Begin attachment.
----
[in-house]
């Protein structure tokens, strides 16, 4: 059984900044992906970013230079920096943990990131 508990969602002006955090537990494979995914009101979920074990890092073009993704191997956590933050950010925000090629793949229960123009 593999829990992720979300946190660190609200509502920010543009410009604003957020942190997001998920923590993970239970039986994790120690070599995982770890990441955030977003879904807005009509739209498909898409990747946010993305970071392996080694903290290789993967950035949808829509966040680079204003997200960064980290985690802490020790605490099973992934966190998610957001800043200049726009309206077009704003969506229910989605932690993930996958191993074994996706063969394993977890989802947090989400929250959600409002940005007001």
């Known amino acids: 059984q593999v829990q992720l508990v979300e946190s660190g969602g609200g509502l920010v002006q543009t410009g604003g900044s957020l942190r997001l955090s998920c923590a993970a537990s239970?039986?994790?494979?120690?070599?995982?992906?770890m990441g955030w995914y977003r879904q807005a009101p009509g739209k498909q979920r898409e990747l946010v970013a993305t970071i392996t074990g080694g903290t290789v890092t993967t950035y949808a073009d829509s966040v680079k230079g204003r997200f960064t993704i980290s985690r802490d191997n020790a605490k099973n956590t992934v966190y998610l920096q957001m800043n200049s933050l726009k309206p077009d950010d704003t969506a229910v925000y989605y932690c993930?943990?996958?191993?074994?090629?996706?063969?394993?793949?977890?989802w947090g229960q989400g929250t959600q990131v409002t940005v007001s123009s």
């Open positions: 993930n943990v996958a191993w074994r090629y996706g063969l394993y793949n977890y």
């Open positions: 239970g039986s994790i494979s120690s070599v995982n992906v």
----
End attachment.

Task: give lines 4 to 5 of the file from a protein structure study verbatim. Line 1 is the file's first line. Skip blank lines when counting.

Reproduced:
């Open positions: 993930n943990v996958a191993w074994r090629y996706g063969l394993y793949n977890y």
């Open positions: 239970g039986s994790i494979s120690s070599v995982n992906v």